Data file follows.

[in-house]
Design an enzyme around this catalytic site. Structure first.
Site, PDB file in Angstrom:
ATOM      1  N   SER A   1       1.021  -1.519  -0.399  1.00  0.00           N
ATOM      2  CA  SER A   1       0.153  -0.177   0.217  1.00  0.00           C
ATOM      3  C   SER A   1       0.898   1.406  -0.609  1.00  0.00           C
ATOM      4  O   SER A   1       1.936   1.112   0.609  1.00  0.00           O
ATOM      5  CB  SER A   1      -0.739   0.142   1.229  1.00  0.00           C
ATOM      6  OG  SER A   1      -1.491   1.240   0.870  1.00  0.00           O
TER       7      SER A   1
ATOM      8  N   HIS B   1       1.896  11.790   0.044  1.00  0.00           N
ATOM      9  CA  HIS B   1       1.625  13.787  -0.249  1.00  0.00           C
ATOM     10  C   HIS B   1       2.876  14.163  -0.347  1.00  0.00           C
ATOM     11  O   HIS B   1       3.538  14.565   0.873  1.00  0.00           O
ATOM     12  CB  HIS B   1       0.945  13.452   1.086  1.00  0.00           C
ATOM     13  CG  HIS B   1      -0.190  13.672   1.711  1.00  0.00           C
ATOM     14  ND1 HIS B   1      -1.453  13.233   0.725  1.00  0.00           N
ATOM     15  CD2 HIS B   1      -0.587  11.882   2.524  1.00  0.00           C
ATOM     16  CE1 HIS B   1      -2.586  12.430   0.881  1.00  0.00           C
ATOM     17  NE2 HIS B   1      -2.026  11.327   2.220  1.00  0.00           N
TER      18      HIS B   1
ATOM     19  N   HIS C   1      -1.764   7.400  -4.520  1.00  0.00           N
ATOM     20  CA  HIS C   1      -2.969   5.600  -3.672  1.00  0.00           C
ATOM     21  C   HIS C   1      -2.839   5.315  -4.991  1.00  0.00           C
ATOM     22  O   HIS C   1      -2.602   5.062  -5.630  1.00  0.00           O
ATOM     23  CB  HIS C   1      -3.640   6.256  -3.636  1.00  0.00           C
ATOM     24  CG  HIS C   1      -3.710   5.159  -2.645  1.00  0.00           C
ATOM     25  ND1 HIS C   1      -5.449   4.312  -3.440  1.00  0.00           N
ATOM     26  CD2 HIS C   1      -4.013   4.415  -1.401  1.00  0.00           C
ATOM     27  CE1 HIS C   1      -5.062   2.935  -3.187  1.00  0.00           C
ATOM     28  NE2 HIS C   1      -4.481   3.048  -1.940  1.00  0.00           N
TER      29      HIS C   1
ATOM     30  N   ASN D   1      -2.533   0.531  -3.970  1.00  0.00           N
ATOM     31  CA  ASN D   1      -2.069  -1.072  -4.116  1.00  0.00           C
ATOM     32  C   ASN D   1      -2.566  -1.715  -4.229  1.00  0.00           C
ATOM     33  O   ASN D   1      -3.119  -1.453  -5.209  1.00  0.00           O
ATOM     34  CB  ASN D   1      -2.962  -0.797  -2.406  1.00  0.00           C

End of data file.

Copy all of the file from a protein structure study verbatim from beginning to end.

[in-house]
Design an enzyme around this catalytic site. Structure first.
Site, PDB file in Angstrom:
ATOM      1  N   SER A   1       1.021  -1.519  -0.399  1.00  0.00           N
ATOM      2  CA  SER A   1       0.153  -0.177   0.217  1.00  0.00           C
ATOM      3  C   SER A   1       0.898   1.406  -0.609  1.00  0.00           C
ATOM      4  O   SER A   1       1.936   1.112   0.609  1.00  0.00           O
ATOM      5  CB  SER A   1      -0.739   0.142   1.229  1.00  0.00           C
ATOM      6  OG  SER A   1      -1.491   1.240   0.870  1.00  0.00           O
TER       7      SER A   1
ATOM      8  N   HIS B   1       1.896  11.790   0.044  1.00  0.00           N
ATOM      9  CA  HIS B   1       1.625  13.787  -0.249  1.00  0.00           C
ATOM     10  C   HIS B   1       2.876  14.163  -0.347  1.00  0.00           C
ATOM     11  O   HIS B   1       3.538  14.565   0.873  1.00  0.00           O
ATOM     12  CB  HIS B   1       0.945  13.452   1.086  1.00  0.00           C
ATOM     13  CG  HIS B   1      -0.190  13.672   1.711  1.00  0.00           C
ATOM     14  ND1 HIS B   1      -1.453  13.233   0.725  1.00  0.00           N
ATOM     15  CD2 HIS B   1      -0.587  11.882   2.524  1.00  0.00           C
ATOM     16  CE1 HIS B   1      -2.586  12.430   0.881  1.00  0.00           C
ATOM     17  NE2 HIS B   1      -2.026  11.327   2.220  1.00  0.00           N
TER      18      HIS B   1
ATOM     19  N   HIS C   1      -1.764   7.400  -4.520  1.00  0.00           N
ATOM     20  CA  HIS C   1      -2.969   5.600  -3.672  1.00  0.00           C
ATOM     21  C   HIS C   1      -2.839   5.315  -4.991  1.00  0.00           C
ATOM     22  O   HIS C   1      -2.602   5.062  -5.630  1.00  0.00           O
ATOM     23  CB  HIS C   1      -3.640   6.256  -3.636  1.00  0.00           C
ATOM     24  CG  HIS C   1      -3.710   5.159  -2.645  1.00  0.00           C
ATOM     25  ND1 HIS C   1      -5.449   4.312  -3.440  1.00  0.00           N
ATOM     26  CD2 HIS C   1      -4.013   4.415  -1.401  1.00  0.00           C
ATOM     27  CE1 HIS C   1      -5.062   2.935  -3.187  1.00  0.00           C
ATOM     28  NE2 HIS C   1      -4.481   3.048  -1.940  1.00  0.00           N
TER      29      HIS C   1
ATOM     30  N   ASN D   1      -2.533   0.531  -3.970  1.00  0.00           N
ATOM     31  CA  ASN D   1      -2.069  -1.072  -4.116  1.00  0.00           C
ATOM     32  C   ASN D   1      -2.566  -1.715  -4.229  1.00  0.00           C
ATOM     33  O   ASN D   1      -3.119  -1.453  -5.209  1.00  0.00           O
ATOM     34  CB  ASN D   1      -2.962  -0.797  -2.406  1.00  0.00           C